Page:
My doctor thought I had MS and sent me for an MRI and set up an appointment with a neurologist. The MRI came back negative for MS, and since I was feeling better neither my doctor nor the neurologist seemed very interested in persuing an answer. As for me, I was so happy it wasn’t MS that I didn’t force the issue and just accepted answers like “There are a million things it could be between being perfectly healthy and MS, but MS is the biggie and you don’t have that so I wouldn’t worry about it.

      After about 3 weeks I slowly started to regain my mobility, and I eventually got back to about 98% of where I was before this all started. I did retain some residual weakness in my knees, but its only noticable when I attempt activities such as trying quickly descent a flight of stairs.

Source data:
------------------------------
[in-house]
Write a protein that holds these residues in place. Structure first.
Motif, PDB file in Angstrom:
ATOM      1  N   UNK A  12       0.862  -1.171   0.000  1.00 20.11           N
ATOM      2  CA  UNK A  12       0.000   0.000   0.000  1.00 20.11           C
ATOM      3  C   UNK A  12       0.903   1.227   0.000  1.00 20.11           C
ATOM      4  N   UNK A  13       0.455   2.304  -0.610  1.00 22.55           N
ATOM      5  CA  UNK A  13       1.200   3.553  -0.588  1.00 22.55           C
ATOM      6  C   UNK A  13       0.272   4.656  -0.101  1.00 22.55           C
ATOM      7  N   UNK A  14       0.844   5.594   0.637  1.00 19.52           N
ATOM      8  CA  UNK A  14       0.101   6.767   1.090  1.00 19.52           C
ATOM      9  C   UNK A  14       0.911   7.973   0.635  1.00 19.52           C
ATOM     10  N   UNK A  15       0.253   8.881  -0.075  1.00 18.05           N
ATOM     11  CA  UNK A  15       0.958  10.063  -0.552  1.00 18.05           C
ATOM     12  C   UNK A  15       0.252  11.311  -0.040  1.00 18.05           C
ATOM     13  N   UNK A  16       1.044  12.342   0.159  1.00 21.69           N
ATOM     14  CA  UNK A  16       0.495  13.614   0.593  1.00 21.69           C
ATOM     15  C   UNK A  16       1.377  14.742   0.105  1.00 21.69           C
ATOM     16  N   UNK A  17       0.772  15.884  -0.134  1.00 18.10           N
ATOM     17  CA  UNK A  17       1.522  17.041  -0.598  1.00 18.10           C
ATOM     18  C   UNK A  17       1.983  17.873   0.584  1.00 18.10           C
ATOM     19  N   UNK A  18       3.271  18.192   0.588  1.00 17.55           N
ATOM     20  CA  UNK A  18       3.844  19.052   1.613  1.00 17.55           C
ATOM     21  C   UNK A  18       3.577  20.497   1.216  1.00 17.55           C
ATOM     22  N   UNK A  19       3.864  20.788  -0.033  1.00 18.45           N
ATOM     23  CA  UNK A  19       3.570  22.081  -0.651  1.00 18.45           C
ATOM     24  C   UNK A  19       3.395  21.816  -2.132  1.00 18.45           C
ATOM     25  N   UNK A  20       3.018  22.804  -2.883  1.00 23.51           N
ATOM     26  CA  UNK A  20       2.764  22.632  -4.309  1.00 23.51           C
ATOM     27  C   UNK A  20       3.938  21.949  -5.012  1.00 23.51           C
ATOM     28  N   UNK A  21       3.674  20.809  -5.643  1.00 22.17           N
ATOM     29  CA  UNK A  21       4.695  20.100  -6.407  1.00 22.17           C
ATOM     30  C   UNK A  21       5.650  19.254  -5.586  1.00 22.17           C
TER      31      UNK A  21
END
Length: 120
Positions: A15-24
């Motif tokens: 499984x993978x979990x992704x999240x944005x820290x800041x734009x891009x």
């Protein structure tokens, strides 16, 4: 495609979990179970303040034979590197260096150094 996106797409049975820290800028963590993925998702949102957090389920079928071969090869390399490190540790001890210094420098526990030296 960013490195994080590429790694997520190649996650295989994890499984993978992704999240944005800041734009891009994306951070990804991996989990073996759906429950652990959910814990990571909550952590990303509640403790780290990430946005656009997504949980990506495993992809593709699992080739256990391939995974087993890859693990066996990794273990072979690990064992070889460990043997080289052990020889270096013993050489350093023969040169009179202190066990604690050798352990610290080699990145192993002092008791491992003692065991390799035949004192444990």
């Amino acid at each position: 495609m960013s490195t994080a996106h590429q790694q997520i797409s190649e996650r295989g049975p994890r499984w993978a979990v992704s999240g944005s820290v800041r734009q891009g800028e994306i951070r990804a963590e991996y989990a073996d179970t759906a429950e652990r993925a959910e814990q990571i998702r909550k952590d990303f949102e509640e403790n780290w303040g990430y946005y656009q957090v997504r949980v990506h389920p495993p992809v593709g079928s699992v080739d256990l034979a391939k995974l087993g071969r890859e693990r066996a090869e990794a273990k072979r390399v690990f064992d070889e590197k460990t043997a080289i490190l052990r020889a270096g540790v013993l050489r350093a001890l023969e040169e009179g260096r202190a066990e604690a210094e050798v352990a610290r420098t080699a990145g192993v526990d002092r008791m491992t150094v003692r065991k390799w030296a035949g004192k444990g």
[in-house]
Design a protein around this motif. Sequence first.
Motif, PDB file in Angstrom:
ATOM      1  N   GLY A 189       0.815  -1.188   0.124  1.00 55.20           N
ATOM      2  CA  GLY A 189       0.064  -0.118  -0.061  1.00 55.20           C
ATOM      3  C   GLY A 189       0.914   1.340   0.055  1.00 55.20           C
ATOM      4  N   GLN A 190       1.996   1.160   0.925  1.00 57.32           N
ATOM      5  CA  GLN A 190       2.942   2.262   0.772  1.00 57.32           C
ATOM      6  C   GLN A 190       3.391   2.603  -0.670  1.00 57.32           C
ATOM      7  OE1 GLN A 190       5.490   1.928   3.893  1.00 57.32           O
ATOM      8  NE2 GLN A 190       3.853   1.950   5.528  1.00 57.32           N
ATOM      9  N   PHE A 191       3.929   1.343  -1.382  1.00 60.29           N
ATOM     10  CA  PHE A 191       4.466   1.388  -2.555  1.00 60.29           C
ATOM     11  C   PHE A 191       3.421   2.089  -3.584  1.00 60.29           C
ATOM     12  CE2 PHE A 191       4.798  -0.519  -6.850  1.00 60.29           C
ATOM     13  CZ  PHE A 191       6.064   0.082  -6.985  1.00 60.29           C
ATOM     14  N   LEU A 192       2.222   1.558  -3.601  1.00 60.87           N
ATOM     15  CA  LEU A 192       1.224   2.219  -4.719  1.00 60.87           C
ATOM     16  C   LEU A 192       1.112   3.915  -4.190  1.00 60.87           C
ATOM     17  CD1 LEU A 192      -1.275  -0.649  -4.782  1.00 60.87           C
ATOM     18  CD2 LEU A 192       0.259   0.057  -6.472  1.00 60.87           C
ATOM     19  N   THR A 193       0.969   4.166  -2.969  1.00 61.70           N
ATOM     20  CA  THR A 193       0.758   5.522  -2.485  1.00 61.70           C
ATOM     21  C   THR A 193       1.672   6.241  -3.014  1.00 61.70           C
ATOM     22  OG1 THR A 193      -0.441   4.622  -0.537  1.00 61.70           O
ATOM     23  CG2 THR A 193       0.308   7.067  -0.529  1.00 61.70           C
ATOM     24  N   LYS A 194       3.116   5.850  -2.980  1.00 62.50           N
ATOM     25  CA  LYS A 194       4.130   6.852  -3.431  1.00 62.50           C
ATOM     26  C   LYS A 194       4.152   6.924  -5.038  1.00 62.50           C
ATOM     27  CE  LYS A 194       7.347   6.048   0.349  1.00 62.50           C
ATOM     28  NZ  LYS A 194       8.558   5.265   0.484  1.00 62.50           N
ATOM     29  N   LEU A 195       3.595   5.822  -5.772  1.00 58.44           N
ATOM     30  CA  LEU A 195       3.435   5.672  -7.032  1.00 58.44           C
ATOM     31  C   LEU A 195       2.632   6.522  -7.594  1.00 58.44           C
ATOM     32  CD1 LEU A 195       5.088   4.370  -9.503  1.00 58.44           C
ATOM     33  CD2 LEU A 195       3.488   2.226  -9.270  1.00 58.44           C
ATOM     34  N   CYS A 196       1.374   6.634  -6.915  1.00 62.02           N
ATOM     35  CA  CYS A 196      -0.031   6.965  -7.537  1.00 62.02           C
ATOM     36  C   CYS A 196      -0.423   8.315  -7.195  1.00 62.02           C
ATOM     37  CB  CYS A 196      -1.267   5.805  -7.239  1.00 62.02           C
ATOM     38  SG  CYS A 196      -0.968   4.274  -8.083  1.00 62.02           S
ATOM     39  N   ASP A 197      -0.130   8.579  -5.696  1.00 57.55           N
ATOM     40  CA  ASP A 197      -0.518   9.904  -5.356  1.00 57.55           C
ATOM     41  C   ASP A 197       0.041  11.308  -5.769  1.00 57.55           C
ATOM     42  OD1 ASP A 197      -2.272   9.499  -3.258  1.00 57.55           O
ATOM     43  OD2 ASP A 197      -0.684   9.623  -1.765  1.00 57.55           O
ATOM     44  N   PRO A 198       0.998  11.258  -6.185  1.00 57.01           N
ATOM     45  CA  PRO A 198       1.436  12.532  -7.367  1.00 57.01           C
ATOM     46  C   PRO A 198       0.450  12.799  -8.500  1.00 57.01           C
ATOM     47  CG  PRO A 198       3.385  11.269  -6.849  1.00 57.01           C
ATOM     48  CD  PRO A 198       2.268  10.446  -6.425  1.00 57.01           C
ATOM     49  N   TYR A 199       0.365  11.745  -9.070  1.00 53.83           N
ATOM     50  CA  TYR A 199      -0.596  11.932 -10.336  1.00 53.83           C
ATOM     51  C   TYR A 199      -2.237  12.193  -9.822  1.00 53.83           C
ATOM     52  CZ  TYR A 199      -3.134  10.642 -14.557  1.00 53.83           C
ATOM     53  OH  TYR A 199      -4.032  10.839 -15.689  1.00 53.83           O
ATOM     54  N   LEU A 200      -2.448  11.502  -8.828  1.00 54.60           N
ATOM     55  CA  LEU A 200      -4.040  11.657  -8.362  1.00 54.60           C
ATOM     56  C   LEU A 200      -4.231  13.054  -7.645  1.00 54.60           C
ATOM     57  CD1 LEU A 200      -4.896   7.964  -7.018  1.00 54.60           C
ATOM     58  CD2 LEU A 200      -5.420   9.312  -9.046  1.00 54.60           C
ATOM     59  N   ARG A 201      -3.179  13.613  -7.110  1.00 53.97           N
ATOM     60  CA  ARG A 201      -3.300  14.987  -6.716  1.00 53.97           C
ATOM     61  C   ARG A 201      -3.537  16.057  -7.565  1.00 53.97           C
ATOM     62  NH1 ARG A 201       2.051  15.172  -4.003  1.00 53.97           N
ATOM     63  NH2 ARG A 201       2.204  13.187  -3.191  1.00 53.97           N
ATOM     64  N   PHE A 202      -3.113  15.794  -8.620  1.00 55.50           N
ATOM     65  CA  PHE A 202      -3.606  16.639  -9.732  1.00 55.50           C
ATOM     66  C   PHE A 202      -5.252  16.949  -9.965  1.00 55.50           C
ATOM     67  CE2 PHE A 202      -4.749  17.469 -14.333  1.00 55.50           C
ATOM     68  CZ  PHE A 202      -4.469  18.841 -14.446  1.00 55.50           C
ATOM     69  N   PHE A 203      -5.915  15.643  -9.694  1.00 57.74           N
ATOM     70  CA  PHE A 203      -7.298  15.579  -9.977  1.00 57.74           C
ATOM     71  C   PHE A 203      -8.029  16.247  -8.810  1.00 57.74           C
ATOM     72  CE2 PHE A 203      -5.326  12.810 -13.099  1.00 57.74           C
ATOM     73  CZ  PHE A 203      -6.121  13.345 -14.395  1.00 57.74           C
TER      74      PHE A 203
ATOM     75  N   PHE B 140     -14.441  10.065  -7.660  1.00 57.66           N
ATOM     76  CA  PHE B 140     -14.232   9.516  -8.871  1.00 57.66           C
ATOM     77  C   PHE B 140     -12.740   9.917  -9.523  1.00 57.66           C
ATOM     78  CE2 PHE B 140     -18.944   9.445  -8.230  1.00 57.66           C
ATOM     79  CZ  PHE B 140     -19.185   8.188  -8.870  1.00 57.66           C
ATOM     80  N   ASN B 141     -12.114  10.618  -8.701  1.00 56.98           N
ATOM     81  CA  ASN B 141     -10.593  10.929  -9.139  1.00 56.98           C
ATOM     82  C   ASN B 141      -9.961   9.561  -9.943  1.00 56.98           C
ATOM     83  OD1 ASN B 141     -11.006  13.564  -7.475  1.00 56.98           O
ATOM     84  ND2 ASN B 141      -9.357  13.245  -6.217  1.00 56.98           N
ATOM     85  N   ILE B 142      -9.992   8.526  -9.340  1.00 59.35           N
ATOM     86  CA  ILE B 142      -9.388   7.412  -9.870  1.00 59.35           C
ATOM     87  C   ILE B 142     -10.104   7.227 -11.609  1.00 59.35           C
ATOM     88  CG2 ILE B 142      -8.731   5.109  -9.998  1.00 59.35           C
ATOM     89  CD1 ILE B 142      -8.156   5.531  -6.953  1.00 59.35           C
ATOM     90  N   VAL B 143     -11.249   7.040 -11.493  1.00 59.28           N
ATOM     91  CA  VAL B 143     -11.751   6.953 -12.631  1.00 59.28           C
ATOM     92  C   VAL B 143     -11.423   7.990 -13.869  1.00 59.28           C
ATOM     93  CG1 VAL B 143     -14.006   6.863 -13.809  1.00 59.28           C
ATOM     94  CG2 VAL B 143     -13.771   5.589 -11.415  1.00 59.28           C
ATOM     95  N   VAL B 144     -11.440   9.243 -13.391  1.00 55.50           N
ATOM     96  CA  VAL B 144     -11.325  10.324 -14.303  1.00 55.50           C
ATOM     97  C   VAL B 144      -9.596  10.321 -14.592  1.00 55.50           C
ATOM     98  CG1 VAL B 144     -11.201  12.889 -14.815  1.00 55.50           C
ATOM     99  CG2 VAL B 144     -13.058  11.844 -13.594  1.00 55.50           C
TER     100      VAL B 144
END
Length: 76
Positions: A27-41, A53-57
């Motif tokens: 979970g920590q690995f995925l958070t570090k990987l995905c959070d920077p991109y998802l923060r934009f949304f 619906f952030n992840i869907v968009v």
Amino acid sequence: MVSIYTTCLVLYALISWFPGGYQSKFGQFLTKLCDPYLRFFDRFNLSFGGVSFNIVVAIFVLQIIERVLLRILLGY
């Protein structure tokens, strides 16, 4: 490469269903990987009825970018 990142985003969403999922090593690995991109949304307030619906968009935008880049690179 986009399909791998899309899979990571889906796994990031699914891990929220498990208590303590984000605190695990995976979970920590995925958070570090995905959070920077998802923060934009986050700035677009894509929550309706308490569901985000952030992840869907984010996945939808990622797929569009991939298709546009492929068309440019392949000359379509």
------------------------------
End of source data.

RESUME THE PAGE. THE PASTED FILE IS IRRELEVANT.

Anyway, since then I’ve had 2 or 3 very mild reccurances that always start with the tingling/weakness in the knees and fortunately haven’t progressed much beyond that. The last such reccurance had been several years ago and I thought I was done with it finally, but this past friday I woke up with that old familiar tingling and weakness in the knees again. Its been about a week now and its spread a little further than my past reccurances (both my legs and calves are tingly and my forearms are slightly stiff).

      Does this sound like GBS? Based on what I’ve read my initial incident sounds very much like a moderate GBS attack, but the mild relapses have me puzzled. They seem to occur years apart and be much milder that the original. GBS is not something that regularly reccurs if I understand what I’ve read about it, so I’m confused. GBS seems to fit my initial incident to a tee, but I don’t know what to make of these reccurances. Has anyone ever heard of GBS behaving like this, or of anything else that does?